Some say that great ideas come out of thin air. Neuroscientist David Eagleman posits that perhaps all great ideas are simply built upon old ideas, because thats what fuels the creative brain.
"All ideas have a genealogy," says David Eagleman. A writer, neuroscientist, and adjunct professor at Stanford University, he's definitely clued in to what makes ideas click. He posits that the brain craves something new so much that if you give someone the same thing over and over that after a certain amount of time you'll begin to see diminished returns in excitement. But sometimes "new" isn't necessarily new at all. He points out that although the iPhone is a revolutionary product it bears heavy similarity to an invention from IBM... from two decades ago. New ideas tend to be built upon similar ones, David Eagleman says, because "what we’re doing is building on the foundations of what has come before us." David's new book is The Runaway Species: How Human Creativity Remakes the World.
Albert Einstein's famous thought experiments led to groundbreaking ideas.
Albert Einstein is widely considered one of the smartest people who ever lived, significantly impacting our understanding of the world around us. His General Theory of Relativity has redefined what we know about space and time and is one of the pillars of modern physics. What’s also remarkable about Einstein’s achievements is that they relied largely on his mental powers and the intricacy of his imagination. He was able to discern and relate very complex scientific concepts to everyday situations. His thought experiments, that he called Gedankenexperiments in German, used conceptual and not actual experiments to come up with groundbreaking theories.
CHASING A BEAM OF LIGHT
One of Einstein’s most famous thought experiments took place in 1895, when he was just 16. The idea came to him when he ran away from a school he hated in Germany and enrolled in an avant-garde Swiss school in the town of Aarau that was rooted in the educational philosophy of Johann Heinrich Pestalozzi, which encouraged visualizing concepts.
Einstein called this thought experiment the “germ of the special relativity theory.” What he imagined is this scenario - you are in a vacuum, pursuing a beam of light at the speed of light - basically going as fast as light. In that situation, Einstein thought, that light should appear stationary or frozen, since both you and the light would be going at the same speed. But this was not possible in direct observation or under Maxwell’s equations, the fundamental mathematics that described what was known at the time about the workings of electromagnetism and light. The equations said that nothing could stand still in the situation Einstein envisioned and would have to move at the speed of light - 186,000 miles per second.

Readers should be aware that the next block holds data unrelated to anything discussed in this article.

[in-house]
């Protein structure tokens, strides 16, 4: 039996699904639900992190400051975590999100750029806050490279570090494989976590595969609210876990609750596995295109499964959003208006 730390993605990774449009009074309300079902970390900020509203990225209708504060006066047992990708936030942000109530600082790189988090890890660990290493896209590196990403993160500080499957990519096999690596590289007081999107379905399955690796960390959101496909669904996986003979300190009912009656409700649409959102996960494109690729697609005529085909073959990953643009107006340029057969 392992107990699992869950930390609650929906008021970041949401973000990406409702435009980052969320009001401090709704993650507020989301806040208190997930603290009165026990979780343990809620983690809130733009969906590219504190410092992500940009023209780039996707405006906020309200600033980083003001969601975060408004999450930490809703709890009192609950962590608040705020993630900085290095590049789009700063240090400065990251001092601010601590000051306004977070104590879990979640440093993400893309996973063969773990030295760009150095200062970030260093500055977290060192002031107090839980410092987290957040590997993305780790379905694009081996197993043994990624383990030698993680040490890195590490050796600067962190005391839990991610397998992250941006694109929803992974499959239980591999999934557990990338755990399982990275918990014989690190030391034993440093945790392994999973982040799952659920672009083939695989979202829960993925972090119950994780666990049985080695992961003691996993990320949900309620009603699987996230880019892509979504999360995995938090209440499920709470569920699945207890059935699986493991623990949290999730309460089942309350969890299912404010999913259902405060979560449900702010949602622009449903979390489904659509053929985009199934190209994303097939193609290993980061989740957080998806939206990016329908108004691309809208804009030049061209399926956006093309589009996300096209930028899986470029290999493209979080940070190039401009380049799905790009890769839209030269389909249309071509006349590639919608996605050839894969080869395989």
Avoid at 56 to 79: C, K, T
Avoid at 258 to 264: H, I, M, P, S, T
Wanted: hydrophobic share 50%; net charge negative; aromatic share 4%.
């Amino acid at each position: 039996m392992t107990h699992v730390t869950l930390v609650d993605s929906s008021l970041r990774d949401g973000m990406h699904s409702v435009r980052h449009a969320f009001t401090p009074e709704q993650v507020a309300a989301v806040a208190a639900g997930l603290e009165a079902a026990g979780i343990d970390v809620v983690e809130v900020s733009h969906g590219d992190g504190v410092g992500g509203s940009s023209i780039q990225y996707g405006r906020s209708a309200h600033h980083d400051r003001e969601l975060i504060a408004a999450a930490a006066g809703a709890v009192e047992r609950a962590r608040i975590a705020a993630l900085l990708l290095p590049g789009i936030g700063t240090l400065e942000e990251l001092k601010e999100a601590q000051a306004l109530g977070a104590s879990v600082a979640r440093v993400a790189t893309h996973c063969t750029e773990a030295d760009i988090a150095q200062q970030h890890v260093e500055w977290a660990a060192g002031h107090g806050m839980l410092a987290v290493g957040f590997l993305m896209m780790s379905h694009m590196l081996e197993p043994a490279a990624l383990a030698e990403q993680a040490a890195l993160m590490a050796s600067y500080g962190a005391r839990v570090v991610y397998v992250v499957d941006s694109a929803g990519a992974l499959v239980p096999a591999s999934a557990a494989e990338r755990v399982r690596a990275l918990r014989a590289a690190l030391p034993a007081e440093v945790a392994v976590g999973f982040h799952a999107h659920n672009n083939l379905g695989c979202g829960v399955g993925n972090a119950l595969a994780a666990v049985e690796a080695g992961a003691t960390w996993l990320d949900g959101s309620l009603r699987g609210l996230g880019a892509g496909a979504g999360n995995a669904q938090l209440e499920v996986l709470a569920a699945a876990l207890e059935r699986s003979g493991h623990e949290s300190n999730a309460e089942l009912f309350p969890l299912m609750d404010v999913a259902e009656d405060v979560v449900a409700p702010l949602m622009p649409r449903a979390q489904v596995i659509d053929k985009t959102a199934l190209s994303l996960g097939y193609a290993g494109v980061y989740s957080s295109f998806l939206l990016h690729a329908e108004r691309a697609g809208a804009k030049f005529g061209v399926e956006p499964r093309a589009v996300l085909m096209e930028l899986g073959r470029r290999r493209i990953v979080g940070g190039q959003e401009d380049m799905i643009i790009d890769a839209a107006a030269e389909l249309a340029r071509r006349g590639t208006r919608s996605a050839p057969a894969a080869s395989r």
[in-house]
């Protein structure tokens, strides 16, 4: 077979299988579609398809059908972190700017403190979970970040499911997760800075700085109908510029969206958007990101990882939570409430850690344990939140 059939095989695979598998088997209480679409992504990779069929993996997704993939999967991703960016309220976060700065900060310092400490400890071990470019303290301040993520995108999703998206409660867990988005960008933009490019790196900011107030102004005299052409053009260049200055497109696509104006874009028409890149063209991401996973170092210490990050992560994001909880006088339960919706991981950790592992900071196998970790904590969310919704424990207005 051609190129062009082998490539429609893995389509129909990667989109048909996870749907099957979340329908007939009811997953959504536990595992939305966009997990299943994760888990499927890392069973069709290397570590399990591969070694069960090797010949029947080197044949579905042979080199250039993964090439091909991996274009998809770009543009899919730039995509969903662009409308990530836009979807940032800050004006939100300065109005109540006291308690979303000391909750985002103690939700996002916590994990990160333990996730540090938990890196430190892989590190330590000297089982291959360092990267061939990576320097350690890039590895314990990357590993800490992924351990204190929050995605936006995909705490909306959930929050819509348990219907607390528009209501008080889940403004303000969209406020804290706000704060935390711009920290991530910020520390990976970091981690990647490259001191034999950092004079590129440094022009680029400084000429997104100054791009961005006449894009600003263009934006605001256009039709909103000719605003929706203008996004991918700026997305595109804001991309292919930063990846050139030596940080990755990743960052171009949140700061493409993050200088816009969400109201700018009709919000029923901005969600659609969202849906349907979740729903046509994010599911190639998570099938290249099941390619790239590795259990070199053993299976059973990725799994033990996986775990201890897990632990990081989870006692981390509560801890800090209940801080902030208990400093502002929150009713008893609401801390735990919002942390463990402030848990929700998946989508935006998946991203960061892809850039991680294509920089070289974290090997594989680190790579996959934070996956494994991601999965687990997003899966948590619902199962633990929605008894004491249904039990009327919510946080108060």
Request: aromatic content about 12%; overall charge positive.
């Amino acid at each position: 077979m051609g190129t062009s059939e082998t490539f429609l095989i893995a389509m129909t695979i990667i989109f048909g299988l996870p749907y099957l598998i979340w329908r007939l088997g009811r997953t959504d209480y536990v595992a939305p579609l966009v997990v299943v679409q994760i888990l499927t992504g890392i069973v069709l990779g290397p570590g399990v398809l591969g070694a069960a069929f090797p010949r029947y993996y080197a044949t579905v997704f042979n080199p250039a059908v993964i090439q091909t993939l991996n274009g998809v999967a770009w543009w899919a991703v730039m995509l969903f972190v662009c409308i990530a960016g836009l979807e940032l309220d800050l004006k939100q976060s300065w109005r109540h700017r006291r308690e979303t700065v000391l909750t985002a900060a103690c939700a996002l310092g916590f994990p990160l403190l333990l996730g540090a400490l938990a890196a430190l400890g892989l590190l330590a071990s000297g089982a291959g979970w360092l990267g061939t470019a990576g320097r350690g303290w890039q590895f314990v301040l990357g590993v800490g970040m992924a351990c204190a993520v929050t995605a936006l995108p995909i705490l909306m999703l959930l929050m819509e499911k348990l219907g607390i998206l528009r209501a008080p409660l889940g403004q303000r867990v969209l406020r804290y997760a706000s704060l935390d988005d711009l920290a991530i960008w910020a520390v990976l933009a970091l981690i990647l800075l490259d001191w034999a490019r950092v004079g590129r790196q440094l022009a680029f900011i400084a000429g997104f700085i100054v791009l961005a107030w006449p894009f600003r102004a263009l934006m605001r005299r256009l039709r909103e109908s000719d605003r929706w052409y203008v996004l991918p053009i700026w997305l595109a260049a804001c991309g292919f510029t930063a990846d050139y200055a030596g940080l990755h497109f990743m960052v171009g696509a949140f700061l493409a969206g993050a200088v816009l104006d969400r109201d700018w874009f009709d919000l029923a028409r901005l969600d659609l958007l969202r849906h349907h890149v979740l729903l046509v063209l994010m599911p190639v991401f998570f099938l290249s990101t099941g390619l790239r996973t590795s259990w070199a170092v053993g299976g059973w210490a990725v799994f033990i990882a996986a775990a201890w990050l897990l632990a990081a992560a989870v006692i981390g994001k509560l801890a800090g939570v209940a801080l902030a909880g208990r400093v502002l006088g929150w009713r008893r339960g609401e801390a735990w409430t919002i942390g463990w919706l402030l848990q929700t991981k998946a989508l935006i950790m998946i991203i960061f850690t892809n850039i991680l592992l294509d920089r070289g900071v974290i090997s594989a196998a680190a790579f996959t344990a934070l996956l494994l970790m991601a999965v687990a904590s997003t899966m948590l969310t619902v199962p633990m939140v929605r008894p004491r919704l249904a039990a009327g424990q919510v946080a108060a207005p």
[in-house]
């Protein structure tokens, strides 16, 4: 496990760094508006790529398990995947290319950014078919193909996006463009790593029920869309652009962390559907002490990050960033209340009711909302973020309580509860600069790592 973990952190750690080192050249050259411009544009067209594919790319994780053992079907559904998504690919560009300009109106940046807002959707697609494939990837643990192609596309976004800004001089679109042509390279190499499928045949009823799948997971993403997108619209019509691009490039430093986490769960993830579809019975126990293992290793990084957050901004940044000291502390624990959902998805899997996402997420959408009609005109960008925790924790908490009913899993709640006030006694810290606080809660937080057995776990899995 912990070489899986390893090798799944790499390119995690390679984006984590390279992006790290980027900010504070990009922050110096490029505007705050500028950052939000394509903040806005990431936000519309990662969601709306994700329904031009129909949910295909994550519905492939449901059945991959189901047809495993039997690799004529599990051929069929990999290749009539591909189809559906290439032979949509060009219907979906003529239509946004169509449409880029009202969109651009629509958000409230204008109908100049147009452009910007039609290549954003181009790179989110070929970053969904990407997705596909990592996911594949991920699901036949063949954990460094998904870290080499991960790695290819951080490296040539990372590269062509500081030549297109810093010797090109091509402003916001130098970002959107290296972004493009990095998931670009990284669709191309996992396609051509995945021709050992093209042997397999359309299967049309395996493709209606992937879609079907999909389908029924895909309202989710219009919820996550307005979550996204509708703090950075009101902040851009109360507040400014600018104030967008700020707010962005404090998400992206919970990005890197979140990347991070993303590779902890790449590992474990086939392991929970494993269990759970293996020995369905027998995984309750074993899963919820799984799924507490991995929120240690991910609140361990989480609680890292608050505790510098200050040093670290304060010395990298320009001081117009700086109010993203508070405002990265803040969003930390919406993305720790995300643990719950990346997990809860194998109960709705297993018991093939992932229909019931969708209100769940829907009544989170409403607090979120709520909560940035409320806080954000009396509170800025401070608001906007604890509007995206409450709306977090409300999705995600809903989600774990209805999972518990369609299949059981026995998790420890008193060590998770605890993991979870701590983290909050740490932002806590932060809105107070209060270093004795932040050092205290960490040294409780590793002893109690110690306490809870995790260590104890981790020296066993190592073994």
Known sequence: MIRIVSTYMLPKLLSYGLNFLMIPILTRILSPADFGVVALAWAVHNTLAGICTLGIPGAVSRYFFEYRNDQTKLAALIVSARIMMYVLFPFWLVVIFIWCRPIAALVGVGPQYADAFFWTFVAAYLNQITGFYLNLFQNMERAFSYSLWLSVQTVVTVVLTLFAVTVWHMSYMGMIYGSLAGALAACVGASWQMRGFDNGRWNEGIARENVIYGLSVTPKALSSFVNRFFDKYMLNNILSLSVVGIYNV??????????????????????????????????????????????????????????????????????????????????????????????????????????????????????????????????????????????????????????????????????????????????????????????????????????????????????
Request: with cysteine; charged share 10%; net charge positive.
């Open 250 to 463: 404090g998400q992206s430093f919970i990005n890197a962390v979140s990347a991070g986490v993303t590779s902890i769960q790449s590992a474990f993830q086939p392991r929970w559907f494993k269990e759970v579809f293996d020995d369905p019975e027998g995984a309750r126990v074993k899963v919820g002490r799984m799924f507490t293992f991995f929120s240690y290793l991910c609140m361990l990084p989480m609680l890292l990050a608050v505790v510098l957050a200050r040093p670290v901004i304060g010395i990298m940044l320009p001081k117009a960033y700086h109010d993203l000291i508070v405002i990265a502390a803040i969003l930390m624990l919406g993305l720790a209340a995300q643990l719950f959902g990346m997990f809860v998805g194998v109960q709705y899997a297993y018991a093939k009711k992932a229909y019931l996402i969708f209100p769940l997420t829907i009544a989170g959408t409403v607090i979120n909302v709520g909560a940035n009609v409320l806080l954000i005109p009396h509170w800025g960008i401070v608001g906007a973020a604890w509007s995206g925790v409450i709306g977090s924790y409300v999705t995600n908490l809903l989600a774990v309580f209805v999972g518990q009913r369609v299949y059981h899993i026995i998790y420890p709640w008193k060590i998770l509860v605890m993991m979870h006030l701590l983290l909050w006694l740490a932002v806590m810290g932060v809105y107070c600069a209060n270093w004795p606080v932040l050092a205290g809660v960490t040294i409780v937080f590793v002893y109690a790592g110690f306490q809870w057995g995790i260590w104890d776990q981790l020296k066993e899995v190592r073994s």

Artists pose in a laser projection entitled 'Speed of Light' at the Bargehouse on March 30, 2010 in London, England. (Photo by Peter Macdiarmid/Getty Images)
Here’s how Einstein expanded on this in his Autobiographical Notes:
“If I pursue a beam of light with the velocity c (velocity of light in a vacuum), I should observe such a beam of light as an electromagnetic field at rest though spatially oscillating. There seems to be no such thing, however, neither on the basis of experience nor according to Maxwell's equations. From the very beginning it appeared to me intuitively clear that, judged from the standpoint of such an observer, everything would have to happen according to the same laws as for an observer who, relative to the earth, was at rest. For how should the first observer know or be able to determine, that he is in a state of fast uniform motion? One sees in this paradox the germ of the special relativity theory is already contained."
The tension between what he conceived of in his mind and the equations bothered Einstein for close to a decade and led to further advancements in his thinking.
LIGHTNING STRIKING A MOVING TRAIN
A 1905 thought experiment laid another cornerstone in Einstein’s special theory of relativity. What if you were standing on a train, he thought, and your friend was at the same time standing outside the train on an embankment, just watching it go by. If at that moment, lightning struck both ends of the train, it would look to your friend that it struck both of them at the same time.
But as you are standing on the train, the lighting that the train is moving towards would be closer to you. So you would see that one first. It is, in other words, possible for one observer to see two events happening at once and for another to see them happening at different times.
“Events that are simultaneous with reference to the embankment are not simultaneous with respect to the train,” wrote Einstein.
The contradiction between how time moves differently for people in relative motion, contributed to Einstein’s realization that time and space are relative.
Lightning strikes during a thunderstorm on July 6, 2015 in Las Vegas, Nevada. (Photo by Ethan Miller/Getty Images)
MAN IN FALLING ELEVATOR
Another thought experiment led to the development of Einstein’s General Theory of Relativity by showing that gravity can affect time and space. Here’s how he described it happened:
“I was sitting in a chair in the patent office at Bern when all of a sudden a thought occurred to me,” he remembered. “If a person falls freely, he will not feel his own weight.” He later called it “the happiest thought in my life.”
A 1907 thought experiment expanded on this idea. If a person was inside an elevator-like “chamber” with no windows, it would not be possible for that person to know whether he or she was falling or pulled upward at an accelerated rate. Gravity and acceleration would produce similar effects and must have the same cause, proposed Einstein.
“The effects we ascribe to gravity and the effects we ascribe to acceleration are both produced by one and the same structure,” wrote Einstein.
One consequence of this idea is that gravity should be able to bend a beam of light - a theory confirmed by a 1919 observation by the British astronomer Arthur Eddington. He measured how a star’s light was bend by the sun’s gravitational field.